skip navigation

PUBLICATIONS

Register for Latest Research

Stay Informed
Register with NCJRS to receive NCJRS's biweekly e-newsletter JUSTINFO and additional periodic emails from NCJRS and the NCJRS federal sponsors that highlight the latest research published or sponsored by the Office of Justice Programs.

NCJRS Abstract

The document referenced below is part of the NCJRS Virtual Library collection. To conduct further searches of the collection, visit the Virtual Library. See the Obtain Documents page for direction on how to access resources online, via mail, through interlibrary loans, or in a local library.

 

NCJ Number: 99008 Find in a Library
Title: Politics of Prediction (From Prediction in Criminology, P 34-51, 1985, David P Farrington and Roger Tarling, ed. - See NCJ-99006)
Author(s): L T Wilkins
Date Published: 1985
Page Count: 18
Sponsoring Agency: State University of New York Press
Albany, NY 12207
Sale Source: State University of New York Press
90 State Street, Suite 700
Albany, NY 12207
United States of America
Type: Report (Study/Research)
Language: English
Country: United States of America
Annotation: This paper discusses ethical and policy issues in the development of prediction methods and potential uses of such methods in criminal justice.
Abstract: The moral questions that arise in this area are derived from the concepts of freedom and democracy and the balance between individual and State rights and balance between individual and State rights and privileges. These abstract ideas take shape in concerns as to the appropriate uses of information about persons who have been found guilty of crimes, as well as those who are merely accused of offenses. If discrimination between certain persons in terms of particular attributes (e.g., ethnic origin) is forbidden, then it may be argued that the use of such information is morally unacceptable, even if it is not illegal. If an unacceptable type of information is included in equations, its use may be hidden among other data. This may present a problem, but the final use of the conglomerate data should, perhaps, provide the criterion. For this reason, it is argued that the most efficient prediction equations should be sought, but only to test for any loss of efficiency due to the exclusion of certain data, to estimate the probable cost of using the simpler methods. In addition to issues that arise in regard to the kinds of information and their uses, there are concerns related to the offender's legal status. Persons who have been found guilty are usually assumed to have lost some of their constitutional rights. It is argued that one of the rights derogated is the right to withhold personal information. Thus, the moral issues surrounding the use of predictive techniques for persons not found guilty (and therefore presumed innocent) are different from those raised by the prediction of recidivism, and prediction of recidivism differs morally from the prediction of probable delinquency. The concepts of due process and just deserts are necessary and provide useful constraints on the uses of predictive instruments. Five references are provided. (Author abstract modified)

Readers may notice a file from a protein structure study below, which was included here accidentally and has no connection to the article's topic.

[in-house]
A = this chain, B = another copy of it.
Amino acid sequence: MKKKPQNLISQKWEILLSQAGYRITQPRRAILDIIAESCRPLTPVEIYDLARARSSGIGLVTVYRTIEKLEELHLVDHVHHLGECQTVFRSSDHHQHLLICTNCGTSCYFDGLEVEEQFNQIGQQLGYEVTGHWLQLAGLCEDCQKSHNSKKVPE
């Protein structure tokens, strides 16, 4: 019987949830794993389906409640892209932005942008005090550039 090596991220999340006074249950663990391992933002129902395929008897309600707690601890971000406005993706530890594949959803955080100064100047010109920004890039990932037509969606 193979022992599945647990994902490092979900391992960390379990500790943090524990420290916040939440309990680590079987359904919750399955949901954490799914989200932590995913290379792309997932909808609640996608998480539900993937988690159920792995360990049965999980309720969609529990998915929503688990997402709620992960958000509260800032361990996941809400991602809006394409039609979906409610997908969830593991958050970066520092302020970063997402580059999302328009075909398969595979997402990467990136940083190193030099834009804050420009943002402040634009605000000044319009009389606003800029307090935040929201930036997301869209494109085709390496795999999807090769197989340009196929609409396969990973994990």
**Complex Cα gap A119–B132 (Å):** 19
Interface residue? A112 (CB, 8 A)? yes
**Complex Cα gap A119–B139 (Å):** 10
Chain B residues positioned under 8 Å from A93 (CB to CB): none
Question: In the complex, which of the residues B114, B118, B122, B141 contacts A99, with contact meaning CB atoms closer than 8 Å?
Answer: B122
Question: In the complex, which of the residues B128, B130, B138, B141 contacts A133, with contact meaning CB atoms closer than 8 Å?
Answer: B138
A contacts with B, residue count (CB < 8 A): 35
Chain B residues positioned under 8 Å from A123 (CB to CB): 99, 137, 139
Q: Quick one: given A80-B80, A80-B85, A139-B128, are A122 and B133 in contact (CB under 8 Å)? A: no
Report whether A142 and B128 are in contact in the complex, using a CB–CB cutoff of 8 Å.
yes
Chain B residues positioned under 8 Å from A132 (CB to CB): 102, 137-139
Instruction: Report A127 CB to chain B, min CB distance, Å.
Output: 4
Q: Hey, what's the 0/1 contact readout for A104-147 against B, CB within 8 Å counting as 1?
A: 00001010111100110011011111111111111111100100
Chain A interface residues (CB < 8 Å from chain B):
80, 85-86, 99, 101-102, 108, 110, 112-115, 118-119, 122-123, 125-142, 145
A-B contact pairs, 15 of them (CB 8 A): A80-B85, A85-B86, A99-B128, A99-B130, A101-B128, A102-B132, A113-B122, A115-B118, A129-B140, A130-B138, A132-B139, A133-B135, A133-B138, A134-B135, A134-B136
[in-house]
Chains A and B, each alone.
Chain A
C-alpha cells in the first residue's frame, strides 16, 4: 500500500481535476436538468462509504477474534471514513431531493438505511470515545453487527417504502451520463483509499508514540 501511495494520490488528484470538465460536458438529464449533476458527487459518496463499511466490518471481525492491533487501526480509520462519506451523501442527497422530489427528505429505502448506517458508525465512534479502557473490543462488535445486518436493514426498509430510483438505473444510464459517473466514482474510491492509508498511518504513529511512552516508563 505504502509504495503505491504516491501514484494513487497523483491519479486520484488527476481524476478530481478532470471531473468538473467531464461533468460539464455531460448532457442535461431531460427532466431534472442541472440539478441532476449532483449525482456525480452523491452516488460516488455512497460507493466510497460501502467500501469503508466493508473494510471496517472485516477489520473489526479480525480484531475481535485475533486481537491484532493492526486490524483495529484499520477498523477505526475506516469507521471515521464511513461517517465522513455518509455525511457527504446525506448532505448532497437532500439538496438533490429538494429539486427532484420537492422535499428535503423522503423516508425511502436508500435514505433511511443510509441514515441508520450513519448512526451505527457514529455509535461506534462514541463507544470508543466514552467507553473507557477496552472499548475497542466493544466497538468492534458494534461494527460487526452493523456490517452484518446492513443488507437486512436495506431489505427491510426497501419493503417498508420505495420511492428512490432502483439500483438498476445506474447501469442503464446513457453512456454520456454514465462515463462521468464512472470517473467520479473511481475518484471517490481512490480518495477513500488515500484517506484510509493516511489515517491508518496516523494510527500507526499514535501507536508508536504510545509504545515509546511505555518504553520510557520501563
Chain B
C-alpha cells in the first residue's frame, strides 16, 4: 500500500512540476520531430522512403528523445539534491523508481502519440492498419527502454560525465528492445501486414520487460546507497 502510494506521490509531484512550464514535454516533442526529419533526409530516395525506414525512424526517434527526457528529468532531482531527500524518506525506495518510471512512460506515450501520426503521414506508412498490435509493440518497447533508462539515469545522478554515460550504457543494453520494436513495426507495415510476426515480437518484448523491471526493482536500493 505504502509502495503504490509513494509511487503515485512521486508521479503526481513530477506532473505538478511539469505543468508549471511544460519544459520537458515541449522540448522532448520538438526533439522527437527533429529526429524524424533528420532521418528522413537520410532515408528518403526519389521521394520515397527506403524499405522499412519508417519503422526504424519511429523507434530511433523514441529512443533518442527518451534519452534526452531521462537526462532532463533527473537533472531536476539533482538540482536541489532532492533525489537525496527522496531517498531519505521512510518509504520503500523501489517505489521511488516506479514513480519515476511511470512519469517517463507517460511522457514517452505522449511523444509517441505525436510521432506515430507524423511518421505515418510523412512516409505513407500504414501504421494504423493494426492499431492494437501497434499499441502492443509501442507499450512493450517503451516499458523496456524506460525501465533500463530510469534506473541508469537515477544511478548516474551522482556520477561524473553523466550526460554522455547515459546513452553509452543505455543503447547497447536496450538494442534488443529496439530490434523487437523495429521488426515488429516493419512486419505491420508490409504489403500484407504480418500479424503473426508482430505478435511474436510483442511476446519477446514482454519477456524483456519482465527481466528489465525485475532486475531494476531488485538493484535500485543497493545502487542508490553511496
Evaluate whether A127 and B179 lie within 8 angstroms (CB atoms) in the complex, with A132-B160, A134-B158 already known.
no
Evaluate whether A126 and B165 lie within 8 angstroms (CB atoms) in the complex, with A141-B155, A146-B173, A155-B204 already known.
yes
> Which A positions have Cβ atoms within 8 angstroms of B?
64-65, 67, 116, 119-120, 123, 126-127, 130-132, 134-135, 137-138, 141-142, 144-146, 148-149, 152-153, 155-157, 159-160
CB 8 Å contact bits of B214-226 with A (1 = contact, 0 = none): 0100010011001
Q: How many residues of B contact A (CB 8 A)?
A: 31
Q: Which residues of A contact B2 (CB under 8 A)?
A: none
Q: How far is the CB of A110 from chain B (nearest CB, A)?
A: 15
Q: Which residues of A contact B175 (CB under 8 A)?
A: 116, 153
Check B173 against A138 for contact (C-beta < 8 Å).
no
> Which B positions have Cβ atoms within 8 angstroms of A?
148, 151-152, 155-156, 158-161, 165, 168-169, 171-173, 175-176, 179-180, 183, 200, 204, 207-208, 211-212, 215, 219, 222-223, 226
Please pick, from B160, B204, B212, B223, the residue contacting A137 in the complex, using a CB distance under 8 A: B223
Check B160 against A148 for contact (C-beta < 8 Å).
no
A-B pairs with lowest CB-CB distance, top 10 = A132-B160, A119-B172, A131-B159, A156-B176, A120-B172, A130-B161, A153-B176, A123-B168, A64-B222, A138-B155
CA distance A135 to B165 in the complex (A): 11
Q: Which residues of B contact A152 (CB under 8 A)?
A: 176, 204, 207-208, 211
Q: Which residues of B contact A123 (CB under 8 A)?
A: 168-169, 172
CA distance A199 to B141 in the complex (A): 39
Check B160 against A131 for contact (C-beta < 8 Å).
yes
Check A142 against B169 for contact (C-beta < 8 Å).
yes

Index Term(s): Constitutional Rights/Civil Liberties; Crime control policies; Criminal justice research; Criminality prediction; Prediction; Professional conduct and ethics; Recidivism prediction
To cite this abstract, use the following link:
http://www.ncjrs.gov/App/publications/abstract.aspx?ID=99008

*A link to the full-text document is provided whenever possible. For documents not available online, a link to the publisher's website is provided. Tell us how you use the NCJRS Library and Abstracts Database - send us your feedback.